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Iowa coach Kirk Ferentz speaks to the big-picture findings on National Signing Day.

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IOWA CITY, Ia. — The ink is barely dry on letters transmitted Wednesday by the (so far) 24 signees of Iowa’s football recruiting Class of 2016, but the news cycle doesn’t stop for anything.

So let’s take an even deeper look forward at the Hawkeye program.

Recruiting momentum 

A positive shift in perception among prospects began 13 months ago when the Iowa Football Performance Center became move-in-ready. And it has only improved after a 12-0 regular season and Rose Bowl appearance.

“There’s more people interested in Iowa,” outgoing recruiting coordinator Seth Wallace said.

Iowa’s approach to evaluation embraced by Wallace, who was recently named linebackers coach, won’t change now or after the new guy is hired in a few weeks — finding high-character, smart, athletic, pure football players. Iowa is confident it can shape those perceived two- or three-star types into four- or five-star performers via the Chris Doyle development program.

The Class of 2017

The recruiting impact of the Rose Bowl will be felt in the next class, which will number around 16 prospects. For perspective, Iowa had secured 21 of its allotted 25 commitments in the Class of 2016 by the end of June.

And the ’17 class is already about 30 percent full, with five excellent commitments. Iowa coaches can’t talk about them for another year, but they’re confident that all five — centerpiece defensive end A.J. Epenesa and four in-staters in linebacker Jacob Coons, defensive tackle Juan Harris, defensive end Coy Kirkpatrick and offensive lineman Tristan Wirfs — aren’t going to stray from the Hawkeyes.

So with an estimated 11 scholarships left, Iowa can afford to more selective going forward. Quality over quantity.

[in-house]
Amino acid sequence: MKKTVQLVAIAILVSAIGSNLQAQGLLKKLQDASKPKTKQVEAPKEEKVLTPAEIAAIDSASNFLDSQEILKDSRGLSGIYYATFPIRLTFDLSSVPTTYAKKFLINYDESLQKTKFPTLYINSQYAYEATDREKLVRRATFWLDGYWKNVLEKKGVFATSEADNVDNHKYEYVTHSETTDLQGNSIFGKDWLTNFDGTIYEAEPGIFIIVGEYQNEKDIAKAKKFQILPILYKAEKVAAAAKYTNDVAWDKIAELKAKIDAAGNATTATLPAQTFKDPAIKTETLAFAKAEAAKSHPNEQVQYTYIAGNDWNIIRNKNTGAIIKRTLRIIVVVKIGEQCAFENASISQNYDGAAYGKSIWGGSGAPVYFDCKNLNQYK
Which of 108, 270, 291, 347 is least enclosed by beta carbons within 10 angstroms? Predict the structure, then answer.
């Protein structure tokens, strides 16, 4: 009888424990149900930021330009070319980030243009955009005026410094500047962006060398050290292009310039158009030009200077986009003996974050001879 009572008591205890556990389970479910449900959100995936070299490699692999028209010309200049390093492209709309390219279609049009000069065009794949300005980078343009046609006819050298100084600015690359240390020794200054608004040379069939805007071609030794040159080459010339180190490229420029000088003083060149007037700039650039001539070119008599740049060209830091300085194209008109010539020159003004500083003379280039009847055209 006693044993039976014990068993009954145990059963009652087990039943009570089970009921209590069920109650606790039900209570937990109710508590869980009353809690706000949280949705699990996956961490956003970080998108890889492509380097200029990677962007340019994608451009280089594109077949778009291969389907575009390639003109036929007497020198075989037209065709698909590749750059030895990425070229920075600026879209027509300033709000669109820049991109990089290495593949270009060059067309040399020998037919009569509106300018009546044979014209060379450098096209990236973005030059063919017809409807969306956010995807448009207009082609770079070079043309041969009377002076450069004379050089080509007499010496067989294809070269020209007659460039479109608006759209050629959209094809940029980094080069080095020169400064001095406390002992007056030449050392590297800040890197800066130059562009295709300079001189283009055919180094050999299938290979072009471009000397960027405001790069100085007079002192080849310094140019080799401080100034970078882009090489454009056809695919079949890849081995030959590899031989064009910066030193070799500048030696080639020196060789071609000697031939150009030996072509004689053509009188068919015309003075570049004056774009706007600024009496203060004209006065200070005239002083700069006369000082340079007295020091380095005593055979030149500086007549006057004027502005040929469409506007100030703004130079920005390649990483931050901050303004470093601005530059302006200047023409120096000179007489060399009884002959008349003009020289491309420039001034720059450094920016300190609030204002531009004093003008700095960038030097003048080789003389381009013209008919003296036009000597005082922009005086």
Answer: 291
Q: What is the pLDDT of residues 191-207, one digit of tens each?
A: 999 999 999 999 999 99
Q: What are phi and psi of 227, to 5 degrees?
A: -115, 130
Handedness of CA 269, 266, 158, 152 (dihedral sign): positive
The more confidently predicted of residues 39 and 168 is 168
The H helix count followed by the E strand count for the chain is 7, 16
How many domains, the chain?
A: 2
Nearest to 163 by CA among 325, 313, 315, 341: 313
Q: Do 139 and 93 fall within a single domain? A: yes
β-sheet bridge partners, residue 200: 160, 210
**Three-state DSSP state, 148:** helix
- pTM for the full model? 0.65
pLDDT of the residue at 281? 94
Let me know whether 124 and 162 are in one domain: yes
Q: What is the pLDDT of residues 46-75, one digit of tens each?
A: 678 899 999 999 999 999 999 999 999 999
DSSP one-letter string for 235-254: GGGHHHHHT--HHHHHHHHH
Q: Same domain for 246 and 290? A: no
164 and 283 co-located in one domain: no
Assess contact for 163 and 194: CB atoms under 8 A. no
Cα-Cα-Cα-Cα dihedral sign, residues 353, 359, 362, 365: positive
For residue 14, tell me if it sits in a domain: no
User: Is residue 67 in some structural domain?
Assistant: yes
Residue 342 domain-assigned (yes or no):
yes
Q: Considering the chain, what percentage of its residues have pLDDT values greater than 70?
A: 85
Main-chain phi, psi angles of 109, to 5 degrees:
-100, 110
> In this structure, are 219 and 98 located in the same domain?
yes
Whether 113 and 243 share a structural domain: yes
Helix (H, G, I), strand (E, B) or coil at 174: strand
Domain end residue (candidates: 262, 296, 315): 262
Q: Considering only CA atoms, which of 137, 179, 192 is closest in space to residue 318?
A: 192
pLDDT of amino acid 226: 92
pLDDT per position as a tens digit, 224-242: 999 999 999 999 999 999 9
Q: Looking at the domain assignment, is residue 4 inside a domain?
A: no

“What you’ll probably see is us moving a little bit slower, because the numbers are less,” Wallace said, “and the candidates are greater.”

How does Epenesa fit?

It’s a ways off, but Epenesa’s Jan. 17 pledge to Iowa over the likes of Alabama, Michigan, Oklahoma and Notre Dame was seismic for the program. The son of former Hawkeye Eppy Epenesa is from a terrific family and checks his ego at the door, so he has the character Iowa looks for — plus all the necessary physical tools.

If Iowa’s new-media guys were to computer-generate a defensive end prototype, the athletic 6-foot-5, 255 pounds Epenesa would be a 100 percent match. Unlike some other programs that deploy specialized pass rushers, the Hawkeyes ask their left and right defensive ends to do it all — rush the passer, clog the run, hold the edge against the run and drop into pass coverage. Before Drew Ott got hurt, he was one guy Iowa had in 2015 that was elite at all of those things. Former Hawkeye Adrian Clayborn, a first-round NFL draft pick, would be a prototypical Iowa end, too.

Epenesa is open to red-shirting in his first season. The question will be, how badly will Iowa need him in 19 months? More on that next.